The Fast Diet menu planner suggests dividing your fast-day calorific intake over two, rather than three, meals: breakfast (one boiled egg and half a grapefruit) and a light dinner in the evening. I ate my egg without the customary buttered soldiers happily enough – but, unfortunately, the act of having breakfast seemed to kick-start my metabolism. I found I didn't just want one egg. I wanted two.
And who knew there were 155 calories in a boiled egg?
By lunchtime, I was uncharacteristically starving.
Cravings came upon me. I wanted cheese, ham, chocolate, an apple, two apples, maybe some cherries, yoghurt and ice cream, an iced bun ... worse, by dinner, I had started to feel faint. I was so hungry, in a rather obsessive way, that I couldn't think of anything to do but eat my tiny tuna salad and then go to bed, exhausted.
I assumed this was because I'd just started the diet. But instead of striding onwards on fasting days, getting some kind of energy from my denial and a sense of hope that the weight would come off, I became lethargic, negative and fixated on food.
This made everything worse. I started fantasising about all the food I would eat on non-fasting days. I felt pathetic. I found the minuscule amount of food almost insulting. It was like existing on air.
"It takes a while to get used to," says Dr Mosley of his diet. "Most people who drop out do so in the first two weeks, but you need to give it time. It's important to play around with the 5:2 idea and find a pattern that suits you. If you don't usually eat breakfast, stick with that."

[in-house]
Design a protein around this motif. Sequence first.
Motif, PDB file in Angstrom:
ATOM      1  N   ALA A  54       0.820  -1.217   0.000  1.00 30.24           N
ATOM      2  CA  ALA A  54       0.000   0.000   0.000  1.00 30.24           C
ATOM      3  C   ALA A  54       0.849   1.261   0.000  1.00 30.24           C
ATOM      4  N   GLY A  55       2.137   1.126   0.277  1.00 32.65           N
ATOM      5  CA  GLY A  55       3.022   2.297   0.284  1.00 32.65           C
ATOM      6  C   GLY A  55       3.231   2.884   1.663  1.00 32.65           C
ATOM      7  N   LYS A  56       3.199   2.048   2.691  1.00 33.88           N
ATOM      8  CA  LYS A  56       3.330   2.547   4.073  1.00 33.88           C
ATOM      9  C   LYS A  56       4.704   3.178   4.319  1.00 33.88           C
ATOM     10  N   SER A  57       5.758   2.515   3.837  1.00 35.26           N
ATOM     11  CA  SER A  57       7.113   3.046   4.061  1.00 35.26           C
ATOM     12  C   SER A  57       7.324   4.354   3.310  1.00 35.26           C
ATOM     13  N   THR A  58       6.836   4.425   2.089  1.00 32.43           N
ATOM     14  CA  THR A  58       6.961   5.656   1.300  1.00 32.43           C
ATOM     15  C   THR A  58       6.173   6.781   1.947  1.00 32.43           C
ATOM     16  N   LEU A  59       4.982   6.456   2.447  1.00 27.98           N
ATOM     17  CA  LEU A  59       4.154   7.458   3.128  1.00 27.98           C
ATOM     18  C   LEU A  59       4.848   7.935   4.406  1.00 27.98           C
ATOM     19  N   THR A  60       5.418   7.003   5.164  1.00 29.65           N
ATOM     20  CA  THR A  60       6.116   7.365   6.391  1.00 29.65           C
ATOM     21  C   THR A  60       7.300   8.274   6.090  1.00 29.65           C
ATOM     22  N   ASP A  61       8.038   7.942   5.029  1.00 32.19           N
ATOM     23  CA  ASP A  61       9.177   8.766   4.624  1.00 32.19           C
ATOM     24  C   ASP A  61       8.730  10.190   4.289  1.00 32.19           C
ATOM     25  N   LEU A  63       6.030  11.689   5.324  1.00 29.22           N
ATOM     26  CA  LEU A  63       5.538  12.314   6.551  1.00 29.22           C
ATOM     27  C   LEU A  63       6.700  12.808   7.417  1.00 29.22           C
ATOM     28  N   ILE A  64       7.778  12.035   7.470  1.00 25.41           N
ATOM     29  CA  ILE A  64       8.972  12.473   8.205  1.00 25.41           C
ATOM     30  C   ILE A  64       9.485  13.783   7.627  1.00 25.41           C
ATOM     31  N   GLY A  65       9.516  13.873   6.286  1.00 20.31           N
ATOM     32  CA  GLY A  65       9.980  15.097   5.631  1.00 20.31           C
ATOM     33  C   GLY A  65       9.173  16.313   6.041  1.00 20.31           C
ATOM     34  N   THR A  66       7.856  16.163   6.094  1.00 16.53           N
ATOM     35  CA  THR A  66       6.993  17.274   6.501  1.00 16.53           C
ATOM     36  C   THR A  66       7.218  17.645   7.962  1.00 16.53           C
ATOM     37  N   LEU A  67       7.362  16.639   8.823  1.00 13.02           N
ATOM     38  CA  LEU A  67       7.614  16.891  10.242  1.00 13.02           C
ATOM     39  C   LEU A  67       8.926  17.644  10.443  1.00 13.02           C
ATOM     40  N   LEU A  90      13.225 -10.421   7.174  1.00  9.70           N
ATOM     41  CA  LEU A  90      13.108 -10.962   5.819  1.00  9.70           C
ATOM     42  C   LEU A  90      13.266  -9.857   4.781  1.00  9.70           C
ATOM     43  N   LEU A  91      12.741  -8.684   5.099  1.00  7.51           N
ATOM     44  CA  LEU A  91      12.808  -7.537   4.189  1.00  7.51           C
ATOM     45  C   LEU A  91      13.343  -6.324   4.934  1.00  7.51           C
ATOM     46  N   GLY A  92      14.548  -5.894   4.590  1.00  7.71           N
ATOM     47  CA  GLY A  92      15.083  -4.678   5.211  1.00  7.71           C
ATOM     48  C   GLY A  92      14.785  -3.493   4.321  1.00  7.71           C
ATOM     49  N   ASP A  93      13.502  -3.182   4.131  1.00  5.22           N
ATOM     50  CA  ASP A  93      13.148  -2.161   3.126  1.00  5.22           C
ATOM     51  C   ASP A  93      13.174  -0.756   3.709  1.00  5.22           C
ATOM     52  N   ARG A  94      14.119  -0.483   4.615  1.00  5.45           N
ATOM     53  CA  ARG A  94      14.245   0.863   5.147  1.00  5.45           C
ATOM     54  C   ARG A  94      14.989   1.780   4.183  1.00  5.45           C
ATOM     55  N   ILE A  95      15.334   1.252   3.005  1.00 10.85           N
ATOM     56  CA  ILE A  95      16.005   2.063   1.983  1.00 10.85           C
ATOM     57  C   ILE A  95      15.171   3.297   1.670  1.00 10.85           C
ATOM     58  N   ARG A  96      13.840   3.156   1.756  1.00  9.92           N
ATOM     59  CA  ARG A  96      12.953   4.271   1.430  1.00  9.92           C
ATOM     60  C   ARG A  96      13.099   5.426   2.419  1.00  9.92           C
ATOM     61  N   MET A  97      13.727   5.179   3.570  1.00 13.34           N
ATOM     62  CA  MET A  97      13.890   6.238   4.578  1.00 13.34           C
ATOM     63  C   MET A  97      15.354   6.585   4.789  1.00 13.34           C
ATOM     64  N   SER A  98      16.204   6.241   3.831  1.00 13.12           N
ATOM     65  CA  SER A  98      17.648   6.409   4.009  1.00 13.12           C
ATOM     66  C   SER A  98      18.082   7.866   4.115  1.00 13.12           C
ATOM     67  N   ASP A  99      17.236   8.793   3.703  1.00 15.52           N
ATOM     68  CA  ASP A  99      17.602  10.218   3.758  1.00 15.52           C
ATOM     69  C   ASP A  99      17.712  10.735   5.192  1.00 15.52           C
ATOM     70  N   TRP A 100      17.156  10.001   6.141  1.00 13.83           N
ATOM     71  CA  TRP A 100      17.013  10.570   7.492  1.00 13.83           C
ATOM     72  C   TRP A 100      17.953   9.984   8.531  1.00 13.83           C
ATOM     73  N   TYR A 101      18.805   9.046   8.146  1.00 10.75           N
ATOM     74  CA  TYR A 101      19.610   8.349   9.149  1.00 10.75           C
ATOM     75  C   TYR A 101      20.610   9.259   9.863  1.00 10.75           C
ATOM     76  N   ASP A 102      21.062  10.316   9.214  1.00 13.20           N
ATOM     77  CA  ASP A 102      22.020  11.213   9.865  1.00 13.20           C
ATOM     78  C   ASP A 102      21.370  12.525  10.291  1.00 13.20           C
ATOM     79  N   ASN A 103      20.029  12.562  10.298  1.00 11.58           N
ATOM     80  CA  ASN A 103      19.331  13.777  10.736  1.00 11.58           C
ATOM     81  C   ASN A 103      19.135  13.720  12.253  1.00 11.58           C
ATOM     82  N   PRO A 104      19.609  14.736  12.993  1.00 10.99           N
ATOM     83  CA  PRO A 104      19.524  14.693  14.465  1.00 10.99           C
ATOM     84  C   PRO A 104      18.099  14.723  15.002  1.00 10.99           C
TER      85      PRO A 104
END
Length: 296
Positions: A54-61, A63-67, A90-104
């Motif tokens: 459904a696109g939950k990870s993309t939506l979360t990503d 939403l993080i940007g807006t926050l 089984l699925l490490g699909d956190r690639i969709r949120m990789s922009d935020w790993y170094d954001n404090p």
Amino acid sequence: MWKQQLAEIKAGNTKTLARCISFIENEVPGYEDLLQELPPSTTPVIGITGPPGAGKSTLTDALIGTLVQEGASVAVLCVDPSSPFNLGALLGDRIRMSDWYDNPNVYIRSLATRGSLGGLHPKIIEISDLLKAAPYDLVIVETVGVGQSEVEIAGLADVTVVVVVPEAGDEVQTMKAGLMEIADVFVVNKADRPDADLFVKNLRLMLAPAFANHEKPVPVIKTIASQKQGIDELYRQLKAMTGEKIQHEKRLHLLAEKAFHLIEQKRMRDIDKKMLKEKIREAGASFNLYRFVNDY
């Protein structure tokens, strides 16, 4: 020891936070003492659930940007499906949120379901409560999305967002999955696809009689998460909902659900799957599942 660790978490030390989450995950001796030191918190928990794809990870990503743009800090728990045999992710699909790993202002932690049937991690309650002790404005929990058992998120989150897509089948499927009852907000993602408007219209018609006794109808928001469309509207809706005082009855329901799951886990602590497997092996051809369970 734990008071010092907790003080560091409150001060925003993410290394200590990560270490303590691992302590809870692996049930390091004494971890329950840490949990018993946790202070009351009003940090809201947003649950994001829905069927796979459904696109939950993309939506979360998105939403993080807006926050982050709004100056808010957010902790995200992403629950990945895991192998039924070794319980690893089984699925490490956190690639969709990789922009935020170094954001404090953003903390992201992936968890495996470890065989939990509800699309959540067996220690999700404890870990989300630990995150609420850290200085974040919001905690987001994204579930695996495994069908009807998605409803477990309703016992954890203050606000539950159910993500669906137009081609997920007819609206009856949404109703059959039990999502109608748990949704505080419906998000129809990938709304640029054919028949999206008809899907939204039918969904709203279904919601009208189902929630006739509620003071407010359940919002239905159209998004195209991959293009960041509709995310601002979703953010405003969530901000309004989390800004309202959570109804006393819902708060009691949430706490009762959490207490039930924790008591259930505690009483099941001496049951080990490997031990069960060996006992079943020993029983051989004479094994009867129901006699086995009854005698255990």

So I stuck with that for another four weeks, but it didn't get any better. On fast days, instead of experiencing a primal rush, my energy levels dropped – and dipped lower as the weeks went by. Any weight-loss benefit was counteracted by the fact that on my non-fast days, I ate twice as much as I would normally.
I became bad-tempered. As, like many women, I have a history of erratic eating, my children didn't seem remotely surprised that I veered from an egg and cucumber for dinner one day to fried bacon sandwiches the next.
However, my being scratchy and exhausted upset them, to the point that they started trying to feed me.
"I am sad to hear that," Dr Mosley tells me. "The body does adjust. Remember, it's a general guideline: one diet doesn't fit all, but the general premise of cutting calorie intake to the quarter of what you are used to, on two days a week, does work. It does, however, depend on what your calorie intake was in the first place."
I'm not the only person to feel this way about the 5:2. I talked to a close friend who admitted she was finding it as hard as I did.
"I can't bear it," she said, as we toyed with some lettuce on one of our agreed fast days. "All I want to do is wolf down an avocado and cheese on some sourdough."
This seems to be a major drawback – that the denying of food leads to an insurmountable, joyless obsession with it.
It occurred to me that we have ended up doing precisely what we were supposed to avoid – making dieting difficult.
"No one diet fits every person," Dr Mosley reminds me. And, he admits, you can cut yourself some slack: "If you're lacking in energy, eat more than 500 calories. Spend your two days eating just protein and veg, or cut out carbs."
Mosley also suggests remembering that, on the days you are not subsisting on a boiled egg and a stick of celery, you can eat anything you want – from pizzas to chocolate waffles. Even better, as the entire planet seems to have embraced it, it is possible to be sociable and diet at the same time.
So, I am not giving up. I am taking Mosley's advice, cutting just the carbs and upping the calories and ... doing it my way.
And hoping it works this time.